Interview with 2011 Good Neighbor Award Winner Judy Pitt
Boulderite Judy Pitt has been a Colorado REALTOR® for 40 years
Amidst the demands that come with being a REALTOR® over the last 16 years, she has found the time and developed a passion for bringing rainwater harvesting systems and teaching hygiene and sanitary practices to the residents of Kenya.
Pitt was a recipient of the NAR Good Neighbor Award Winner in 2011 and continues to be a good neighbor across the world. She generously shared with us how she got involved in real estate, how Kenya became an important part of her life, what she does in Kenya, and how you can help.
HOW DID YOU BECOME INVOLVED WITH REAL ESTATE?
Truly by mistake. I never wanted to be a salesperson. I was an elementary school teacher but when there were not enough children, they downsized the schoolteachers. Since I didn’t have seniority, I was the first person to go and had to look for a job. A friend suggested I take the real estate exam and I didn’t think I would pass it. I did though, and the rest is history.
WHAT SPARKED YOUR INTEREST IN TRAVELING TO KENYA?
In 4th grade, our teacher had us write a book report. All we could use was Encyclopedia Britannica. I did my book report on Dr. Albert Schweitzer, who became famous because he went to Africa and played the organ, which I had been taking lessons for at the time. He was also a medical doctor and served people in Africa. I was 12-years-old at the time and I told my parents that as an adult I would go there, too. I have now traveled to all the places he has been in Africa.
WHEN DID YOUR TRAVELS TO KENYA BEGIN?
I started traveling to Kenya 16 years ago. In 2001, I was supposed to go to an undisclosed country to work with friends, but since the day I was leaving was September 11th, that did not end up happening. The following year I had an opportunity to go to Botswana working with Campus Crusade for Christ and was invited to go back in 2003. When I returned from Botswana that year, I flew to Kenya with someone who I met from previous travels and I have been going back ever since.
WHAT DO YOU DO IN KENYA?
I either go by myself or take teams of volunteers to provide water filters, train midwives, and teach farmers how to increase their crop yields.
Sometimes we build houses of hope for widows and put in new roofs to help with rainwater harvest systems.
We are always doing rainwater harvesting systems. There are currently 123 Kenyan families with nothing for safe water. Women are walking 10 to 20 km per day to get water, and the water they get is from a sand dam that is just dug out and water flows into it where cow and goats use it. It is not drinkable; however, that is what they drink since they have nothing else.
I work with teachers, government health workers, and I do whatever I can to learn everything I am able to here before I go there. I always strive to teach best practices of sanitation, hygiene, and best use of water.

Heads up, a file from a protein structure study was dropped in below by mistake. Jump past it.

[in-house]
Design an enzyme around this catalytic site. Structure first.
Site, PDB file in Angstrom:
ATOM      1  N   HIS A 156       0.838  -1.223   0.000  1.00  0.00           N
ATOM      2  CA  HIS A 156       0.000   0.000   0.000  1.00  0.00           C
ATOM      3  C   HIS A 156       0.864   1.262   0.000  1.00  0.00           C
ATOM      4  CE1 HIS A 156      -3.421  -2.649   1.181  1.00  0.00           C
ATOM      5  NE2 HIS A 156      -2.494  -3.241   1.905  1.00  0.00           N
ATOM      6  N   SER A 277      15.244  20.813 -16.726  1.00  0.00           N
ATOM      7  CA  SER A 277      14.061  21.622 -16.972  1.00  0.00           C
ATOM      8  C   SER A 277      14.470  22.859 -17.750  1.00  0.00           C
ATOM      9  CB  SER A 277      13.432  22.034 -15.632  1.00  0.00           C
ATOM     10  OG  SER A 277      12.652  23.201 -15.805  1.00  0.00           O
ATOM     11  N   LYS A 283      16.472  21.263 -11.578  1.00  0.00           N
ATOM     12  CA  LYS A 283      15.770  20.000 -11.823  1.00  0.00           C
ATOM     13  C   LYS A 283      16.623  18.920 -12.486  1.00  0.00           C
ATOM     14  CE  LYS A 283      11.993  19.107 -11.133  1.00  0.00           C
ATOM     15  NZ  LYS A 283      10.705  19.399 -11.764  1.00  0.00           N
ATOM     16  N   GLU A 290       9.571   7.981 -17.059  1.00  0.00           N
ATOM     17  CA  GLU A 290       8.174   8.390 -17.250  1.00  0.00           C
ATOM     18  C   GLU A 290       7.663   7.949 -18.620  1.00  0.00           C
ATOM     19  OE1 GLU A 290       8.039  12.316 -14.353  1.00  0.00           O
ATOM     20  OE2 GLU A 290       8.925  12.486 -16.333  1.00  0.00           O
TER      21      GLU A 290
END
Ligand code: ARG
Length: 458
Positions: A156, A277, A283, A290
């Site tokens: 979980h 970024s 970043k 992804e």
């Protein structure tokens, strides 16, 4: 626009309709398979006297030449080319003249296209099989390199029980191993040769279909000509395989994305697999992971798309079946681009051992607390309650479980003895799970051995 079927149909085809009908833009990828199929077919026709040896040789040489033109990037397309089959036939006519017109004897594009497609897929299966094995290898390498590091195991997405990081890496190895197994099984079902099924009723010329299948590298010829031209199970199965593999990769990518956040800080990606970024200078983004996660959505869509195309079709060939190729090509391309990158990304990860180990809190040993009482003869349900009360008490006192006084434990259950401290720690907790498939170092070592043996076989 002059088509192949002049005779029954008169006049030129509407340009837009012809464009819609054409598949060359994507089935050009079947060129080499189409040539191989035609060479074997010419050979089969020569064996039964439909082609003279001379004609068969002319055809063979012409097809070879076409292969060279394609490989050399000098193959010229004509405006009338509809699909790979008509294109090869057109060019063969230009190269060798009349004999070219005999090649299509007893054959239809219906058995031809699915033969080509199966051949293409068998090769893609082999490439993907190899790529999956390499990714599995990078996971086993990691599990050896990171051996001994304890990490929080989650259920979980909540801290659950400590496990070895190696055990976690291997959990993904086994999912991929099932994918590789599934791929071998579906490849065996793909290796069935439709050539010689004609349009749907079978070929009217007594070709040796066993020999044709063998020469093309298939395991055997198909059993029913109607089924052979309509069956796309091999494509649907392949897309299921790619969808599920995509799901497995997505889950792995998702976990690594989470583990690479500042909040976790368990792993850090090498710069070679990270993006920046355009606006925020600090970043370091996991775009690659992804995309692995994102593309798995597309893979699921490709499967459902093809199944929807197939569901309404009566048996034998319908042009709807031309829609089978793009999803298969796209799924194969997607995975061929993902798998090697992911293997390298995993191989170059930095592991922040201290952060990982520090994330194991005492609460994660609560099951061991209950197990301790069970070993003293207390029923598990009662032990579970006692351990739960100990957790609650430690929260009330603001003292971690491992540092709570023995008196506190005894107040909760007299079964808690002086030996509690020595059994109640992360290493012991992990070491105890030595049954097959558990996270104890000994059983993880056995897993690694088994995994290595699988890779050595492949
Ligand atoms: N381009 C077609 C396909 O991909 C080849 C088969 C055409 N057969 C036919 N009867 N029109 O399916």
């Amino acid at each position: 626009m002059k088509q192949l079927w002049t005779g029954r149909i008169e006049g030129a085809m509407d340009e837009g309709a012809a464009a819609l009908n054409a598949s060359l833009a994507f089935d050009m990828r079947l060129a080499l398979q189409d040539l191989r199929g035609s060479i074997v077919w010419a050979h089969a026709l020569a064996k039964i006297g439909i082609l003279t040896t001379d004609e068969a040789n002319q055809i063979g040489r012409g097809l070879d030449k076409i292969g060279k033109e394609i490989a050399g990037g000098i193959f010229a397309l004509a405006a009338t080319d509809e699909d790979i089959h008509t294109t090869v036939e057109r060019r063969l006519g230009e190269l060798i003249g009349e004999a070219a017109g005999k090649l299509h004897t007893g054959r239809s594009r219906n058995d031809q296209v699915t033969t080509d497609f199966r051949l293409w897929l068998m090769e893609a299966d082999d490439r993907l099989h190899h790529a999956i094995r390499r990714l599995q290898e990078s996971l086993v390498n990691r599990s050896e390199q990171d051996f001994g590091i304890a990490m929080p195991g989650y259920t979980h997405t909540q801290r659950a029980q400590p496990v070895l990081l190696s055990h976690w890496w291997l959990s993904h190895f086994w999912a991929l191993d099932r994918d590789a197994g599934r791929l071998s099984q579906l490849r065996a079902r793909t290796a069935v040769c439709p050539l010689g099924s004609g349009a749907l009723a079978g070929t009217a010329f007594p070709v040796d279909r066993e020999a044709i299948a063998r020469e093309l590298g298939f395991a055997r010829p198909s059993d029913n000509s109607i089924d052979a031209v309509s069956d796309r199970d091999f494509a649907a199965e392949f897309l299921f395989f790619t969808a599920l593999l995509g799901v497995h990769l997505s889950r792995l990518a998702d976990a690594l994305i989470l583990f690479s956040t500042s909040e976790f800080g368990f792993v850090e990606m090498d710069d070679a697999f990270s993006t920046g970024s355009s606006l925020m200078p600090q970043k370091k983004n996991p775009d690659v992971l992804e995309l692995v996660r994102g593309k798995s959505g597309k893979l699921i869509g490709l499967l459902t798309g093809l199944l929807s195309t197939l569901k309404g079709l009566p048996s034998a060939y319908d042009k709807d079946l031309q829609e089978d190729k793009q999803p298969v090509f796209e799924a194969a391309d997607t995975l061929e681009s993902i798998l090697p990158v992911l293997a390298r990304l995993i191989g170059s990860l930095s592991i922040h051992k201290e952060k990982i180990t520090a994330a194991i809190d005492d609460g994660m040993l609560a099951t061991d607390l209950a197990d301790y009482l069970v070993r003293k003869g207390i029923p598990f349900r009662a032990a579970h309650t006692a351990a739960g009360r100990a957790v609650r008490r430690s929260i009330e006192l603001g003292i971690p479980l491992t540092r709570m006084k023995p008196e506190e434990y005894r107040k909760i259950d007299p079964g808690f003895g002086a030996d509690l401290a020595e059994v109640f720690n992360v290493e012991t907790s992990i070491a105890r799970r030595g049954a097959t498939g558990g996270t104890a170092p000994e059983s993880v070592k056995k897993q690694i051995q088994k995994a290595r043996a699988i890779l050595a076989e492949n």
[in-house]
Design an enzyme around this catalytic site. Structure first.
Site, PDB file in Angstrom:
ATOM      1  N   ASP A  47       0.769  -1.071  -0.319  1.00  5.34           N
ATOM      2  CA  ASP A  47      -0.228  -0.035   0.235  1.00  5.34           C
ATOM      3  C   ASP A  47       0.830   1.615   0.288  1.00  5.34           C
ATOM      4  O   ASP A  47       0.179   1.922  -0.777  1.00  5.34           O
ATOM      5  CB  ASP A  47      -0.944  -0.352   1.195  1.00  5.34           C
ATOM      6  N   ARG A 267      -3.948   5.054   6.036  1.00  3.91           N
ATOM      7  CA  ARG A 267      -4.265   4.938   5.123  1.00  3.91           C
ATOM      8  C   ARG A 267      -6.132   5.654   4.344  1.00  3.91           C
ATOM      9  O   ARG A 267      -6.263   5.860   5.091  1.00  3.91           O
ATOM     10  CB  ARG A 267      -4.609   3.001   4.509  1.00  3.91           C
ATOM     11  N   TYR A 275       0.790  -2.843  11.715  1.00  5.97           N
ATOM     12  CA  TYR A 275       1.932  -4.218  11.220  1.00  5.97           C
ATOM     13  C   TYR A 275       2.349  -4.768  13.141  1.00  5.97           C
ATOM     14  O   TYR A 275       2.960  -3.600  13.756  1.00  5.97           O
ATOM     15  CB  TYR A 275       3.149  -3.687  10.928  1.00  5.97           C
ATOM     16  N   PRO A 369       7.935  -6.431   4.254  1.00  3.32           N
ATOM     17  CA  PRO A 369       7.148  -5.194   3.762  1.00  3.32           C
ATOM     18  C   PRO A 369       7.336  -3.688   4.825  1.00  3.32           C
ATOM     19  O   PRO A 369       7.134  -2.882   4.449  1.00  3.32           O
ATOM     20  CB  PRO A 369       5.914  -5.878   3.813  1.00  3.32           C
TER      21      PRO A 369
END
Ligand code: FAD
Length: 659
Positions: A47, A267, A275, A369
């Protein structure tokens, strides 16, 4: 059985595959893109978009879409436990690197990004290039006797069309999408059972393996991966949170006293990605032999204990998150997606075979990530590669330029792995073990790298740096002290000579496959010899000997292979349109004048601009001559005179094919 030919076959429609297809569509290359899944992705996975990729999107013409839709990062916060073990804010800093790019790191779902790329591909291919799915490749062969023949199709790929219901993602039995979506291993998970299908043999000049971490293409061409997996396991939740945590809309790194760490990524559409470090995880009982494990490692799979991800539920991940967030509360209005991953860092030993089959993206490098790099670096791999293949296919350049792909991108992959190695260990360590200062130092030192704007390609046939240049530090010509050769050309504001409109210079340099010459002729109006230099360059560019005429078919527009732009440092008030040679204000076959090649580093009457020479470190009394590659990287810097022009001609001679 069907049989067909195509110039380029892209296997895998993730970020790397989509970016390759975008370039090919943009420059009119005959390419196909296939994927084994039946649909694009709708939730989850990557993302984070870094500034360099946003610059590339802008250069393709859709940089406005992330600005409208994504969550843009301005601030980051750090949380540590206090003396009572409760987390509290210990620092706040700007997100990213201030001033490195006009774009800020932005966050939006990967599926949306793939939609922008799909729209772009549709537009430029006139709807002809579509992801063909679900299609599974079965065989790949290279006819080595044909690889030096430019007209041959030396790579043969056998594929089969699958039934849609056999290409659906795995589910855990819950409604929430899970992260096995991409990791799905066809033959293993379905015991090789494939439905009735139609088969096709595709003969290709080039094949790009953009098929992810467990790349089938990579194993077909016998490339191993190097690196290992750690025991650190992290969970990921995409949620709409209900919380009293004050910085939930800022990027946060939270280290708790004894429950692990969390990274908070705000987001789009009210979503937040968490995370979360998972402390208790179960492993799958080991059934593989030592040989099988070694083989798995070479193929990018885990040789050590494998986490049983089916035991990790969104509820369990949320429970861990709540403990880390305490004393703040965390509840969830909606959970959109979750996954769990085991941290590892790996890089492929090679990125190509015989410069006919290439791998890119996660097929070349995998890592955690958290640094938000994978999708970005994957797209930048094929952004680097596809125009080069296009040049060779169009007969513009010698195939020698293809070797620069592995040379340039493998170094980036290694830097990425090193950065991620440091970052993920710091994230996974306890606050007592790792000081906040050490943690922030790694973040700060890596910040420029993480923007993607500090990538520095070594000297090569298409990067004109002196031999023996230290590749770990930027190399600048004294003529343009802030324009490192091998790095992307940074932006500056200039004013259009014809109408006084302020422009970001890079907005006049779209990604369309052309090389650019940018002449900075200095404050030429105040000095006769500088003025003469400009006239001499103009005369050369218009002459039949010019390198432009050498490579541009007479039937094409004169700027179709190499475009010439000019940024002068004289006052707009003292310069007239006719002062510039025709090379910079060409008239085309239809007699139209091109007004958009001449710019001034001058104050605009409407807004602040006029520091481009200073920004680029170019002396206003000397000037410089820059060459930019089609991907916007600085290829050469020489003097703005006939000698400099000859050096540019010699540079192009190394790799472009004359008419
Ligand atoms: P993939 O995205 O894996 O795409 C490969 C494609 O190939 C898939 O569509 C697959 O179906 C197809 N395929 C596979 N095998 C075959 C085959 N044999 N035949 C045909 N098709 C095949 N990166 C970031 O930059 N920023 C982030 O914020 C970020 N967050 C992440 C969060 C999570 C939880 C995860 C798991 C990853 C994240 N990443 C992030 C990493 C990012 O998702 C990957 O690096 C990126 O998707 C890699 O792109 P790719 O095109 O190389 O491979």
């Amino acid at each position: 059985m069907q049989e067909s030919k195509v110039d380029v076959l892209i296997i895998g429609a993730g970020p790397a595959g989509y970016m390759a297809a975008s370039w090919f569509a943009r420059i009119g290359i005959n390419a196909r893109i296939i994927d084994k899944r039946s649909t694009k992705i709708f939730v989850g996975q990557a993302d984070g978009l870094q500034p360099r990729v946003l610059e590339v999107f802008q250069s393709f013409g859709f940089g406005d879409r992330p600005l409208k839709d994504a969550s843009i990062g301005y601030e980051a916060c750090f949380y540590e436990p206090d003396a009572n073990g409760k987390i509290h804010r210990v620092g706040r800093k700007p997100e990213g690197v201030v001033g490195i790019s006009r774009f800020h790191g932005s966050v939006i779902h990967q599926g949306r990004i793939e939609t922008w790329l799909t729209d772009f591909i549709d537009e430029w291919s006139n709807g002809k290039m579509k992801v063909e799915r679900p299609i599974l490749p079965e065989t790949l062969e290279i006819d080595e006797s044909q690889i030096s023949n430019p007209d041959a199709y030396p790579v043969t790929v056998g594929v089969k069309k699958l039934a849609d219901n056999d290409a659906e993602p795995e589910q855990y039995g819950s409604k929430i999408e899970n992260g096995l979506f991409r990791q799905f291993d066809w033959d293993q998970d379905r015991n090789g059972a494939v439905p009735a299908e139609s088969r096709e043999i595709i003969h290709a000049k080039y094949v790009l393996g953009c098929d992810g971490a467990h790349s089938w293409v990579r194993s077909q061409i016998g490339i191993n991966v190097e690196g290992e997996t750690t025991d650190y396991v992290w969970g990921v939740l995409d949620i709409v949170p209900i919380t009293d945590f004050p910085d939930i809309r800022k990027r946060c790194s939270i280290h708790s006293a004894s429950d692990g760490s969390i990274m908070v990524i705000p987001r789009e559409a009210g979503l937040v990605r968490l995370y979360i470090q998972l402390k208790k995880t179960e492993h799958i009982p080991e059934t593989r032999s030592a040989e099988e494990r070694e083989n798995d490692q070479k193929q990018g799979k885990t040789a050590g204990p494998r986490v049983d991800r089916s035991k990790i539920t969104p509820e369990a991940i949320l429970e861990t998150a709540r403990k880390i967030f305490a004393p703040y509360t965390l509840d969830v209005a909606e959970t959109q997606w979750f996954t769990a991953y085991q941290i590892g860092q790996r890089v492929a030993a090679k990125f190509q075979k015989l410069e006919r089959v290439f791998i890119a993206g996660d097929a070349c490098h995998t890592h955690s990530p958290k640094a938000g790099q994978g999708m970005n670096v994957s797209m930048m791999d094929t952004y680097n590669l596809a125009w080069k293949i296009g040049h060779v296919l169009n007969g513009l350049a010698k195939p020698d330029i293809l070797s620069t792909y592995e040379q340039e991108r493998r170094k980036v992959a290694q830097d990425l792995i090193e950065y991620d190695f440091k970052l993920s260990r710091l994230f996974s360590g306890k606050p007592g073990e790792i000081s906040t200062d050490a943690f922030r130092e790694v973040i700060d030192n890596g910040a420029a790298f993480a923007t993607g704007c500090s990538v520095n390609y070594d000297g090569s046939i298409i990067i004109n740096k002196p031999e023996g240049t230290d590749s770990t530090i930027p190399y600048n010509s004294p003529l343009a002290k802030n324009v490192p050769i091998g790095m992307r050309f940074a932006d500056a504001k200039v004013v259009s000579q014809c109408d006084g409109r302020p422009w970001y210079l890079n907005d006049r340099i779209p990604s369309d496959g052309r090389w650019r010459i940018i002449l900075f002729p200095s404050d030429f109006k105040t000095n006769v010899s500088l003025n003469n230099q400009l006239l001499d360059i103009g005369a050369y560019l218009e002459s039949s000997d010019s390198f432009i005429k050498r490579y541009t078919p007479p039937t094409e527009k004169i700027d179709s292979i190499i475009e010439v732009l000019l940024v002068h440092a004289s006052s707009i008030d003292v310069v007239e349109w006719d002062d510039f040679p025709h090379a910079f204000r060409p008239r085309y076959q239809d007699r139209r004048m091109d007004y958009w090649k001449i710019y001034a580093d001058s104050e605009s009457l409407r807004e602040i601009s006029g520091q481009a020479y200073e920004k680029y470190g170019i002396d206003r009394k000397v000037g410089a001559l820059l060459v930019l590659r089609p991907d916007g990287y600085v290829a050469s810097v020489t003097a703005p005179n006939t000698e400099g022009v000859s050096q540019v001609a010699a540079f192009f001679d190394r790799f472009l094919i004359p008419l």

I started Kazi Yake back in 2007, a Colorado-based NPO registered with the federal government, and we are always raising money to help keep kids in schools, buy uniforms, and buy shoes. The nonprofit is supporting 27 children in school and two of them are graduating from college.
It has really expanded through the years. I can’t just go as a tourist; I must do something. When you meet people, you find out that you can’t just put in water. They need food, sanitation, and education. When you have all the education that I have, I want to give it away as long as my brain works.
HOW CAN OTHERS HELP?
We are currently raising money to help put beds in a building that houses 20 beds for 40 girls. Our goal is to put another 20 beds in this building so each girl can have her own bed, blanket, and mattress. We are doing the same thing for a group of 40 boys, too.
We do eye clinics and would love an eye doctor to come along with us. There are so many needs for children with eye diseases. When someone gets cataracts there, they think they are going blind, where it is so easy to fix that here. Every time you see a box for the Lions Club, you can put your used glasses in there (it is headquartered in Sterling). Glasses are then given to the prison where they are fixed and then we take them to Kenya for eye exams. We take 150-200 at a time and can always use more.
You can donate to Kazi Yake through Paypal, send or drop a check off at the office. If you are interested in being part of a work trip, you can express interest through email or via website here:
WHAT WOULD YOU SAY ABOUT THE IMPORTANCE OF REALTORS® SERVING/VOLUNTEERING?
As a real estate agent, you meet a lot of people on a daily basis sitting right across the desk from you that need help. As agents, we are able to look beyond ourselves and we need to do that. There are billions of ways to serve and help others.
Help your neighbor shovel snow, rake leaves, or take an elderly person to chemo. Maybe it’s starting with your family. If everyone just did one thing it would make a difference.
For this article and more, please see CAR’s July 2019 Colorado REALTOR® Magazine by clicking here.